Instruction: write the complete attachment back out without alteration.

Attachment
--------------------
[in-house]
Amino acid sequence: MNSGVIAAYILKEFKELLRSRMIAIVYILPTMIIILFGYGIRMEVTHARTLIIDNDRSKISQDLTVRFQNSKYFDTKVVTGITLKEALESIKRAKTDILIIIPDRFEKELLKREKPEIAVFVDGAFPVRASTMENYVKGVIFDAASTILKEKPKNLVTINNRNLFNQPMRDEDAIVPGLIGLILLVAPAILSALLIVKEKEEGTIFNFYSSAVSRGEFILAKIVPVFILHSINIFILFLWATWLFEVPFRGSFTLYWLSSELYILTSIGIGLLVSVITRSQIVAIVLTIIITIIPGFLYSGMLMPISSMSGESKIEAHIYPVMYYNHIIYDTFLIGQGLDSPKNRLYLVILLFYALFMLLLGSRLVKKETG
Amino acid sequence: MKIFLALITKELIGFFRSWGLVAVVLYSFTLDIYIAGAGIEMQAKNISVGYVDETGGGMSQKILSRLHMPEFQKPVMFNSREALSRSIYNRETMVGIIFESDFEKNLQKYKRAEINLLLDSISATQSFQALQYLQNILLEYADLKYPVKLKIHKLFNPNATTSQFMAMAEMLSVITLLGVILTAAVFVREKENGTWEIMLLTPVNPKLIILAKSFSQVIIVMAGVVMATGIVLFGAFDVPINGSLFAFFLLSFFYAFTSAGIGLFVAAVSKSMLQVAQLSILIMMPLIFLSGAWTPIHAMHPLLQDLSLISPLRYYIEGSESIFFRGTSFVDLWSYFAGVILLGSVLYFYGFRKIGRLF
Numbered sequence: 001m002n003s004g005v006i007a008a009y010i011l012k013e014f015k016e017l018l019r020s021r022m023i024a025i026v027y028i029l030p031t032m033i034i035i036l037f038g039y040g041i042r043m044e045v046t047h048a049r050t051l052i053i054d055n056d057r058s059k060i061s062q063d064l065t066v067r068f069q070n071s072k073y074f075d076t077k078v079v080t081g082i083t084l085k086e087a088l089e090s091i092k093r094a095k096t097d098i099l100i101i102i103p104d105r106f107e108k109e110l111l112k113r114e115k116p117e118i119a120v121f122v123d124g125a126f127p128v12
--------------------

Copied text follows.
[in-house]
Amino acid sequence: MNSGVIAAYILKEFKELLRSRMIAIVYILPTMIIILFGYGIRMEVTHARTLIIDNDRSKISQDLTVRFQNSKYFDTKVVTGITLKEALESIKRAKTDILIIIPDRFEKELLKREKPEIAVFVDGAFPVRASTMENYVKGVIFDAASTILKEKPKNLVTINNRNLFNQPMRDEDAIVPGLIGLILLVAPAILSALLIVKEKEEGTIFNFYSSAVSRGEFILAKIVPVFILHSINIFILFLWATWLFEVPFRGSFTLYWLSSELYILTSIGIGLLVSVITRSQIVAIVLTIIITIIPGFLYSGMLMPISSMSGESKIEAHIYPVMYYNHIIYDTFLIGQGLDSPKNRLYLVILLFYALFMLLLGSRLVKKETG
Amino acid sequence: MKIFLALITKELIGFFRSWGLVAVVLYSFTLDIYIAGAGIEMQAKNISVGYVDETGGGMSQKILSRLHMPEFQKPVMFNSREALSRSIYNRETMVGIIFESDFEKNLQKYKRAEINLLLDSISATQSFQALQYLQNILLEYADLKYPVKLKIHKLFNPNATTSQFMAMAEMLSVITLLGVILTAAVFVREKENGTWEIMLLTPVNPKLIILAKSFSQVIIVMAGVVMATGIVLFGAFDVPINGSLFAFFLLSFFYAFTSAGIGLFVAAVSKSMLQVAQLSILIMMPLIFLSGAWTPIHAMHPLLQDLSLISPLRYYIEGSESIFFRGTSFVDLWSYFAGVILLGSVLYFYGFRKIGRLF
Numbered sequence: 001m002n003s004g005v006i007a008a009y010i011l012k013e014f015k016e017l018l019r020s021r022m023i024a025i026v027y028i029l030p031t032m033i034i035i036l037f038g039y040g041i042r043m044e045v046t047h048a049r050t051l052i053i054d055n056d057r058s059k060i061s062q063d064l065t066v067r068f069q070n071s072k073y074f075d076t077k078v079v080t081g082i083t084l085k086e087a088l089e090s091i092k093r094a095k096t097d098i099l100i101i102i103p104d105r106f107e108k109e110l111l112k113r114e115k116p117e118i119a120v121f122v123d124g125a126f127p128v12